“We don’t anticipate a catastrophic failure of the dam,” Garing said.
But the city’s primary water supply system is showing its age and vulnerability.
According to the ATC report, the concrete portion of the dam appeared to have been built sometime before 1921. Portions of the original dam—on its outer edges near the shore—date back to the 1830s, when the canal was dug between Broad Ripple and downtown. It was for a short time a channel for small boats and part of a broader offshoot of the Erie Canal system.
The original portion of the dam was built with an intricate system of logs overlain by a triangular structure that consisted of alternating layers of wooden planks and boulders, according to an inspection report. In some places, cribs made of wood planks were filled with boulders.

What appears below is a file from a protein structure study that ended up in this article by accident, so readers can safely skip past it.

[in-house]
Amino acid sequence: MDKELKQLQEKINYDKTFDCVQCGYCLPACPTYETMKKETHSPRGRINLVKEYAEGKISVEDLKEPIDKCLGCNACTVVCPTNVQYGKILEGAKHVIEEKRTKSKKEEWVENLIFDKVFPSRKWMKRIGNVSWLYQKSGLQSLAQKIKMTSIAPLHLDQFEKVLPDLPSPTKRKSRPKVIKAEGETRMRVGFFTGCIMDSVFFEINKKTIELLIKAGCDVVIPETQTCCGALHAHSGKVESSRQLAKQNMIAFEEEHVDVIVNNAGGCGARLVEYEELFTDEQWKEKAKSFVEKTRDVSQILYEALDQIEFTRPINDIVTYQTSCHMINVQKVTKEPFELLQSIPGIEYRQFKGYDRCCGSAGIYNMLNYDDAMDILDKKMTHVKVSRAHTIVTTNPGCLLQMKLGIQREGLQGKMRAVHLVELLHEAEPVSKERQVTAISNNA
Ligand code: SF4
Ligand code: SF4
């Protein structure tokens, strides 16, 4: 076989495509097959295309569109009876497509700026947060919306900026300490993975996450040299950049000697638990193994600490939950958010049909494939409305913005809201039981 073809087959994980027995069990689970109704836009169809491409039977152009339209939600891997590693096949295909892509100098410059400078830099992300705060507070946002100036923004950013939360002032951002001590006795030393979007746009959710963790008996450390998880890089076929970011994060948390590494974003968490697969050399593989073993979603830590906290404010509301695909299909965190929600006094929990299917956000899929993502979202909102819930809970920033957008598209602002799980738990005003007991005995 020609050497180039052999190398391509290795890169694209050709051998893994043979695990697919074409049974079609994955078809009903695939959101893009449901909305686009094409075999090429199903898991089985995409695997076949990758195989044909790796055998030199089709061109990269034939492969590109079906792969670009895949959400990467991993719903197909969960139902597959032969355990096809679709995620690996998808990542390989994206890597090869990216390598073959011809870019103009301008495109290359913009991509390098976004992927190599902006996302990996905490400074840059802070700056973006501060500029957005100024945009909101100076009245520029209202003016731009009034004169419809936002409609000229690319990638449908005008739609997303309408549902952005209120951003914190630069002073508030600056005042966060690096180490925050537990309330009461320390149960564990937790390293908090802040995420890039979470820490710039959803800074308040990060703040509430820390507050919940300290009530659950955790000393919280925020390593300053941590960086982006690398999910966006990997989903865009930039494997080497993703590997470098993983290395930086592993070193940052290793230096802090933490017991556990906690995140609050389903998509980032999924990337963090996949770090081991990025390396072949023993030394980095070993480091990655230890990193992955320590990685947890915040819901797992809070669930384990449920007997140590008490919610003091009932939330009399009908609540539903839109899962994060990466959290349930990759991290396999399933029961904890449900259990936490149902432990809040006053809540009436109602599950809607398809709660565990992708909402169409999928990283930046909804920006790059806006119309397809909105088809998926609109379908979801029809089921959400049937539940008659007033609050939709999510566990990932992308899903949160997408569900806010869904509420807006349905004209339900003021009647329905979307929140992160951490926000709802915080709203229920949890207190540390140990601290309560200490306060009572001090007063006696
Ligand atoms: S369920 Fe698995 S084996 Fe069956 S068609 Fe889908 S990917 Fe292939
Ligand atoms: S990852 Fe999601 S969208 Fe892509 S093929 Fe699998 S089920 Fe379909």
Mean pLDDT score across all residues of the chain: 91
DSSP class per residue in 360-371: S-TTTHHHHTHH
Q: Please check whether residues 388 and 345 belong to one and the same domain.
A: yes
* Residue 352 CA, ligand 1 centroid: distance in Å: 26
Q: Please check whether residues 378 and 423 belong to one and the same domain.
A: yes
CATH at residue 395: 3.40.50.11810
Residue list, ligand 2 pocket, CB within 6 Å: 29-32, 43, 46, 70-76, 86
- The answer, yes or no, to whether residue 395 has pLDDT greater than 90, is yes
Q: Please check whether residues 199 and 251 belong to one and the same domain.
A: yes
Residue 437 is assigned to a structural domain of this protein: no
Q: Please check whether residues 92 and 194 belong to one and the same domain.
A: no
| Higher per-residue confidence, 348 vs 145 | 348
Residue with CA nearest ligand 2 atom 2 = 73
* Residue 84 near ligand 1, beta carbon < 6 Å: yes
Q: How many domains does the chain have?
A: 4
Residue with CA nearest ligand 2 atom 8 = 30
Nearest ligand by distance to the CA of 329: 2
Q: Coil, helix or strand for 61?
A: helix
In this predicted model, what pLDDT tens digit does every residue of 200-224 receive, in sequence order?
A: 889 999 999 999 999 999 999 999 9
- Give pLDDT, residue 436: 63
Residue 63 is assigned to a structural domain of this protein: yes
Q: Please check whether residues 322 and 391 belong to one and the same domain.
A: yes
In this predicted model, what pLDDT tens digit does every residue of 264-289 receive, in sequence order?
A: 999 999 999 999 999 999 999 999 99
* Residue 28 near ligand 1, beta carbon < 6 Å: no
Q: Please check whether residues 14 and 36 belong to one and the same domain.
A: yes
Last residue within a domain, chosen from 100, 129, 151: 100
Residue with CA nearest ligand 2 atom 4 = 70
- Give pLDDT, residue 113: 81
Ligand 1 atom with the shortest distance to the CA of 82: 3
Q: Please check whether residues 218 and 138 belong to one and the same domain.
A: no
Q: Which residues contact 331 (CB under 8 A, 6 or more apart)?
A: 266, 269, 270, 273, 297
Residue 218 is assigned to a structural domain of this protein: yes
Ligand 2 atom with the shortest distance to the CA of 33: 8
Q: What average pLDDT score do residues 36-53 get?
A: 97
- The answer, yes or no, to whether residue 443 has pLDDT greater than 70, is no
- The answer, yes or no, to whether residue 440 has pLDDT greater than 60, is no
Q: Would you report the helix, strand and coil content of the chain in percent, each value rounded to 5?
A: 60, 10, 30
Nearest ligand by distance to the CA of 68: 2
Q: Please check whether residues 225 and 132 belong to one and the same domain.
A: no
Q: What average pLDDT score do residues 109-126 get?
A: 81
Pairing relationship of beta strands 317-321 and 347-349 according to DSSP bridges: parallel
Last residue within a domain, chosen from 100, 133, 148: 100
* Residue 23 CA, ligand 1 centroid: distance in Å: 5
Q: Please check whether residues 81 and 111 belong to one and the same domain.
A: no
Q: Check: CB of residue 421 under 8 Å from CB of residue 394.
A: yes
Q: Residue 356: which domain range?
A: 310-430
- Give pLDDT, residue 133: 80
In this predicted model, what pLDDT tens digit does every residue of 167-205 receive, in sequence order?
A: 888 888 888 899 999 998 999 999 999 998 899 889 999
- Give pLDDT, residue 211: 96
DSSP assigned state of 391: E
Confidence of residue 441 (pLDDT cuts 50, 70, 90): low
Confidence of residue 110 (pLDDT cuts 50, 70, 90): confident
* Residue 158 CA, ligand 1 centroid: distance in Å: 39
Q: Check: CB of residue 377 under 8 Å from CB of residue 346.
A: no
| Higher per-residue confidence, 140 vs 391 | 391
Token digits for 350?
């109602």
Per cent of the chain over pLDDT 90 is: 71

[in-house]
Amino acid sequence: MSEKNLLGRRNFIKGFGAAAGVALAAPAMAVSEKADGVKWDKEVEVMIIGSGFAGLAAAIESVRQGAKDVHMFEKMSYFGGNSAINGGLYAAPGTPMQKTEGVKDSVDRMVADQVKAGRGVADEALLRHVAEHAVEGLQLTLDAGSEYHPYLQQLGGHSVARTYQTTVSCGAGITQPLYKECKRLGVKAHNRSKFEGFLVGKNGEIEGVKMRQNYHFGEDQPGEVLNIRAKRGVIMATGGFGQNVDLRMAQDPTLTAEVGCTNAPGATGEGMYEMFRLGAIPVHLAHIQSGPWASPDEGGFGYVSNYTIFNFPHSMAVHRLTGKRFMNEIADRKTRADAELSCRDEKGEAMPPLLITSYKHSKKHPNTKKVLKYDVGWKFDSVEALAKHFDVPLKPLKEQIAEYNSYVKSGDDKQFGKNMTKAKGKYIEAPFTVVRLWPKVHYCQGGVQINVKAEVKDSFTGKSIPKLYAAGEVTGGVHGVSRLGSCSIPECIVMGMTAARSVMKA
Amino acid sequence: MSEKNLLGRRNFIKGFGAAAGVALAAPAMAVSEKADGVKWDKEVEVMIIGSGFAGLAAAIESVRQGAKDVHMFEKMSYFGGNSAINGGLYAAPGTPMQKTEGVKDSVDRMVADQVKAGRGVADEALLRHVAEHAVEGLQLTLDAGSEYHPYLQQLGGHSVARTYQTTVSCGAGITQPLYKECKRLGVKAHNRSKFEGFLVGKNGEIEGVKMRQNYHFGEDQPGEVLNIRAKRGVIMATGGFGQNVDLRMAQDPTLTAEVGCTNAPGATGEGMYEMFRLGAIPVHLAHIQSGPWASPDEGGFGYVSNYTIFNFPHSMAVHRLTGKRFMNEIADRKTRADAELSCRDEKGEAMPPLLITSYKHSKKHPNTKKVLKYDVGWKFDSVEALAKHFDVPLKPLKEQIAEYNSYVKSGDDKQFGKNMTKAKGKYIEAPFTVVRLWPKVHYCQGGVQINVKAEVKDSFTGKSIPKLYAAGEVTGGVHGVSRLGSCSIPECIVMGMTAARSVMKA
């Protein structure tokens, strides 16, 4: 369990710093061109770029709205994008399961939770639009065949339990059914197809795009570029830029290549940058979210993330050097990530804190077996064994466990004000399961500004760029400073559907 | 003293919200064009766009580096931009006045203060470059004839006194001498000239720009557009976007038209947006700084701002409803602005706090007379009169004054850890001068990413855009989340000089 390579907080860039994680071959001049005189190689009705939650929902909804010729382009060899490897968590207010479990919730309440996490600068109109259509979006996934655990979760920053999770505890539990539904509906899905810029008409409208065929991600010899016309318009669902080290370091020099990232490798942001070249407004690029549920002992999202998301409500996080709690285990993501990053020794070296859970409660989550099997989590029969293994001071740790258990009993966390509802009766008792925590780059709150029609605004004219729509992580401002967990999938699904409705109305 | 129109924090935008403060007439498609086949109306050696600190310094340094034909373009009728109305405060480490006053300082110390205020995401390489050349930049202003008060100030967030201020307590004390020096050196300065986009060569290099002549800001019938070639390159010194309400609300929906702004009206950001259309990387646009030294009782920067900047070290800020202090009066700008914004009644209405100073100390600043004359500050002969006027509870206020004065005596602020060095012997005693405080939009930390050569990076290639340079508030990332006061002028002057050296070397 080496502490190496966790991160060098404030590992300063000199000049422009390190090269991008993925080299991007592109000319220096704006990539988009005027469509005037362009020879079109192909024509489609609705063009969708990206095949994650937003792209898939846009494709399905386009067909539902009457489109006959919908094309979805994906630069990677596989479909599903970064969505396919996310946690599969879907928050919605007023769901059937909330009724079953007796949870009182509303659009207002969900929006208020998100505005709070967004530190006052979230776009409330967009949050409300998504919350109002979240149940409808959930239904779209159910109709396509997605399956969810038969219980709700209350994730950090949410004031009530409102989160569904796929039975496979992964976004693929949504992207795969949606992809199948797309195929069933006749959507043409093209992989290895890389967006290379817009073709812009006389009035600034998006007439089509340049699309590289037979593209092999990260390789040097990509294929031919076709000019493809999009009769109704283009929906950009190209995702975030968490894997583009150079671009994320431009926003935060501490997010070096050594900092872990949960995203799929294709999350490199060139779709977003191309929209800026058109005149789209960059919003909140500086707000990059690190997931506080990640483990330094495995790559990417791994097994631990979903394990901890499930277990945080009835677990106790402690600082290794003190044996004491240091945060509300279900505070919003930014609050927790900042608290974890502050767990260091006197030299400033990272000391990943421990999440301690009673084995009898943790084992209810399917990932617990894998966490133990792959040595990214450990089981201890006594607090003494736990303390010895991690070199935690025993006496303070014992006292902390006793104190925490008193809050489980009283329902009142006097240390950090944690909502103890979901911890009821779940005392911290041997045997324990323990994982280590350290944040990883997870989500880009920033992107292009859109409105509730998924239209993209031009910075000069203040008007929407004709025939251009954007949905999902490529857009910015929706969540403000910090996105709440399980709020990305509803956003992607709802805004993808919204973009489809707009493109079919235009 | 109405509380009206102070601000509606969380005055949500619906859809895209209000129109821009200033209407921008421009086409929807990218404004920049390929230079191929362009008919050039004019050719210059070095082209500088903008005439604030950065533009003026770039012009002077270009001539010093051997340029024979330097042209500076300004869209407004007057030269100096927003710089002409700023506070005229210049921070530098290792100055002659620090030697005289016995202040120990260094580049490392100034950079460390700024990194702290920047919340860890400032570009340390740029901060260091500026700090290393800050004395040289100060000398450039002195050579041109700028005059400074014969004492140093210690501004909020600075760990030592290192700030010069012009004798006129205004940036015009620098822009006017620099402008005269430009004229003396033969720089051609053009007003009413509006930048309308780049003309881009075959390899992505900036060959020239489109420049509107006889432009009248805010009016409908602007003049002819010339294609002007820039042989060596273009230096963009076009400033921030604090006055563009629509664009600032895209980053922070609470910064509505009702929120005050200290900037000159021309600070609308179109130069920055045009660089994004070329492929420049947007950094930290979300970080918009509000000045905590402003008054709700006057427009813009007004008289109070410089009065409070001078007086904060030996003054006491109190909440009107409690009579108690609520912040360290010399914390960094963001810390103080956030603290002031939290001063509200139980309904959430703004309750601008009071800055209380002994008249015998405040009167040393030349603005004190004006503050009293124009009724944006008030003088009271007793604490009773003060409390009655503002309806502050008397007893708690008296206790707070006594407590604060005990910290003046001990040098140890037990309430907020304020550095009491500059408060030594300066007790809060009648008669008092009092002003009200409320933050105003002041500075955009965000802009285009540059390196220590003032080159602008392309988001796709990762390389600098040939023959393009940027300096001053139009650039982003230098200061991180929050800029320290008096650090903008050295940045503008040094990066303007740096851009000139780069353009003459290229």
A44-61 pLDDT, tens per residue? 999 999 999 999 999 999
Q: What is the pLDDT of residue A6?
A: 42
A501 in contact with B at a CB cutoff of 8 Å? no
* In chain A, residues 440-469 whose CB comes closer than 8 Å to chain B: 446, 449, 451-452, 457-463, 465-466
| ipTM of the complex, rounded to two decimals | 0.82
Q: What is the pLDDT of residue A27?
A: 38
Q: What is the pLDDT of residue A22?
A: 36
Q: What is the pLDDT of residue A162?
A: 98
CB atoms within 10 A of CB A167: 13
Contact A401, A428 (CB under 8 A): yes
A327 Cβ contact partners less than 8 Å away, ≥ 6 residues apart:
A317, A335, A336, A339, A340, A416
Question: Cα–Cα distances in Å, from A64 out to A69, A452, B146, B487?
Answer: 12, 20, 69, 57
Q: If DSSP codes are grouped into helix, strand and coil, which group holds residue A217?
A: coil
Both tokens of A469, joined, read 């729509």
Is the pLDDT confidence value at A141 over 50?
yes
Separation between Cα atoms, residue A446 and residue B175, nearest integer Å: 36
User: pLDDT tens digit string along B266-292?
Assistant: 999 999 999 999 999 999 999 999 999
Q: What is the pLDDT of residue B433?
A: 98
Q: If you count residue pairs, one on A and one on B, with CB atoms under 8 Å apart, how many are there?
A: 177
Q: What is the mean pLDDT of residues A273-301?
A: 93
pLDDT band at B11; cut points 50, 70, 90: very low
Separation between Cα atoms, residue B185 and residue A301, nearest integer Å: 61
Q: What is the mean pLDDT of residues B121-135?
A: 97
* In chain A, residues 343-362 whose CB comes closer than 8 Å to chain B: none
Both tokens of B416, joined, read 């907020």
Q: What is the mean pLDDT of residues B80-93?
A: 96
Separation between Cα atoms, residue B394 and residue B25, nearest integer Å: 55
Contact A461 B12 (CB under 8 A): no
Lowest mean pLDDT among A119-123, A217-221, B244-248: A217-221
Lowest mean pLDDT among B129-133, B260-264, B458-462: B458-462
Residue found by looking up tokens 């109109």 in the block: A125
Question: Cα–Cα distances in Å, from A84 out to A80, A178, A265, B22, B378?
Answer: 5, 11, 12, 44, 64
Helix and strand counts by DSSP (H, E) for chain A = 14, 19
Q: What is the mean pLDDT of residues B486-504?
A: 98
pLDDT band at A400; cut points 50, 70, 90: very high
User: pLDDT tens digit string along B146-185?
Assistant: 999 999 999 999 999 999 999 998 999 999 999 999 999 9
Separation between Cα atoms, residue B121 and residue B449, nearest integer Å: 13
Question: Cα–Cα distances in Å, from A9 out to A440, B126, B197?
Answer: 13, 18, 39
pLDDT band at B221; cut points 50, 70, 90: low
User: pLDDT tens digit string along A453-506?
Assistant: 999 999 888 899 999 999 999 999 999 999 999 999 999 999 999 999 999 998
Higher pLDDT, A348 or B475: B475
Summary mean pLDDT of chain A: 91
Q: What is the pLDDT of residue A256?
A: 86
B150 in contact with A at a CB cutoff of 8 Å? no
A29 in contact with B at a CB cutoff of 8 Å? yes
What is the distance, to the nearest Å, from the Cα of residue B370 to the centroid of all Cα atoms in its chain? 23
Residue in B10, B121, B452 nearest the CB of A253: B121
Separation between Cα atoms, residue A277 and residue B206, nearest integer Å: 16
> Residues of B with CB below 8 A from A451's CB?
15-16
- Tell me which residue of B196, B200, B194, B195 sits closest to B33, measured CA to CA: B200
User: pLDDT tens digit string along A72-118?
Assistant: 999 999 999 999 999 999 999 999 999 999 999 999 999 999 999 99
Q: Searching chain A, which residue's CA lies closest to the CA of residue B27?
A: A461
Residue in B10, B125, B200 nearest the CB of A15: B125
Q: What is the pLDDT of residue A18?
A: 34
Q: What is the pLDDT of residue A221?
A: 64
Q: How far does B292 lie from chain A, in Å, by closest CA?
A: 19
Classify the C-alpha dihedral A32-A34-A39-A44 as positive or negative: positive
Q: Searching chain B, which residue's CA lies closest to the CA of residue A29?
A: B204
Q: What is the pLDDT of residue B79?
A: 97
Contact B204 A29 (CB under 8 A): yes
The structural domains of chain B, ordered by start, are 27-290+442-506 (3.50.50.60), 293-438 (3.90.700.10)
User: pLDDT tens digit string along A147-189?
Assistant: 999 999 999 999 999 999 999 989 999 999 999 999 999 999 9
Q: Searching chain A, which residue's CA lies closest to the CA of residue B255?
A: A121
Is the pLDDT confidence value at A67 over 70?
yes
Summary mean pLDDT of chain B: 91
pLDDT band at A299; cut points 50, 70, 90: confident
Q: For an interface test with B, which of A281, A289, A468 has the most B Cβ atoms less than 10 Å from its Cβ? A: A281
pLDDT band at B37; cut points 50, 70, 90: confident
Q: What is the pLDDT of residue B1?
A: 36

Another firm hired by the department, HNTB, said in a meeting last June with city and DNR officials that the dam was showing its age.
The approach recommended at that meeting was that the department begin design and construction of a temporary replacement dam upstream of the existing one.
“Develop emergency action plan to address failure of, or impending failure of, sections of the dam,” stated a document from HNTB filed with the DNR. “Start construction of temporary replacement structure—as soon as regulatory permits received.”
Garing reiterated that the department did not see any danger of imminent dam failure and that a replacement was probably at least three years out.